Haitian Independence Soup

serves 4

A delicious, brothy alternative to regular winter vegetable soup and traditionally served on January 1. Grating the butternut squash will give you a pureed texture without the work, but if you’re like us and got tired of grating, cubing the squash works fine, too.

When Haiti was declared independent from France in 1804, a former slave made this soup for his countrymen and women to celebrate. Because this soup was previously only allowed for their former French masters, it was seen as a celebration of the slaves’ liberation. 

1 lb. beef sirloin, cubed
1 Tbsp. lemon juice
2 cloves garlic, chopped
1 tsp. salt
1 tsp. dried parsley
1/2 tsp. onion powder
1/2 tsp. garlic powder
2 Tbsp. olive oil
2 carrots, peeled and sliced into coins
2 celery stalks, sliced
1 leek, white part only, finely chopped
¼ cup onion, chopped small
1 small butternut squash, peeled and cubed or grated
6 cups chicken broth
2 new potatoes, peeled and cubed
1 sweet potato, peeled and cubed
3 Tbsp. chopped flat-leaf parsley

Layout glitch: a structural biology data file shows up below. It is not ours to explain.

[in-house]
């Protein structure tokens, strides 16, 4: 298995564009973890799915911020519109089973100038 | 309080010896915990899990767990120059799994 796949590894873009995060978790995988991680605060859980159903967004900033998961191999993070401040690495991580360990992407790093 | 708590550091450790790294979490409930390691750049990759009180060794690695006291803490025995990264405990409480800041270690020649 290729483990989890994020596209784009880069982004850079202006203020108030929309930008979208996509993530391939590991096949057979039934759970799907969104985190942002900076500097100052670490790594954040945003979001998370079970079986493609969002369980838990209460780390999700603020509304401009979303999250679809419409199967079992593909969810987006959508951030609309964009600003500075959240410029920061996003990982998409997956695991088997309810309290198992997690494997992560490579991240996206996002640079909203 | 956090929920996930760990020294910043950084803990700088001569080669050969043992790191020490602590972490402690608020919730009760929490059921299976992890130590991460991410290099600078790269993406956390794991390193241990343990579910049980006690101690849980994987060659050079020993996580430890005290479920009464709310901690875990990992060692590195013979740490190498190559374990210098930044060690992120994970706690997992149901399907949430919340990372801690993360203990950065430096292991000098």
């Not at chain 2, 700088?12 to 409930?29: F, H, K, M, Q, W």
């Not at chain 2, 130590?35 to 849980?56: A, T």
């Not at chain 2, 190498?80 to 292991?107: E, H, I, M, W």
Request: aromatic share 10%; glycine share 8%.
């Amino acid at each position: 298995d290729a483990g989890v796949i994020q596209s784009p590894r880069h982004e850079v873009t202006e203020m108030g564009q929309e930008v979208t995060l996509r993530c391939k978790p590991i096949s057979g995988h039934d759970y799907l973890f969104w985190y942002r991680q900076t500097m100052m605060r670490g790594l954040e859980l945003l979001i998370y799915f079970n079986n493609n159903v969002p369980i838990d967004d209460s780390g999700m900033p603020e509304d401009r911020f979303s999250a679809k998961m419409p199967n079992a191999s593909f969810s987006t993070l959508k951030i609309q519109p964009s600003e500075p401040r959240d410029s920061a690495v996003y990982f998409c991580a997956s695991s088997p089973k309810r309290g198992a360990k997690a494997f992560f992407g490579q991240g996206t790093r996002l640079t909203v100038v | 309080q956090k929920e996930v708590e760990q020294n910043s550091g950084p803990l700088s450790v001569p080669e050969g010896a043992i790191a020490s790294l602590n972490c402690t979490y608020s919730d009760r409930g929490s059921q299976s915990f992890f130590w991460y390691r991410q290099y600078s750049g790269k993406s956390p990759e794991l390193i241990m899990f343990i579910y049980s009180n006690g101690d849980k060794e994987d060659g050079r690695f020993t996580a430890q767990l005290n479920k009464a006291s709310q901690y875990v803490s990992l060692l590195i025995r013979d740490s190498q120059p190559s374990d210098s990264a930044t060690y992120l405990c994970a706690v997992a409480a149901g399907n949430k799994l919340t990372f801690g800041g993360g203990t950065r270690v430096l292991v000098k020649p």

Salt and pepper

Toss the sirloin with lemon juice to clean the meat. In a colander, briefly rinse the meat under cold running water. Drain and pat dry with paper towels. 

Crush the garlic with the side of a knife. Sprinkle salt, parsley, onion powder, and garlic powder on top of the fresh garlic and mince to combine. In a large saucepan over medium heat, warm the oil. Brown the meat, then add garlic and spices. After the spices are fragrant (30 seconds) add carrots, celery, leek, onion, and squash. Soften vegetables for a few minutes, then add broth, potatoes, and sweet potatoes. Bring to a boil. Cover, reduce heat, and simmer until the meat is tender, about 35–40 minutes.

Ladle soup into bowls and garnish with parsley.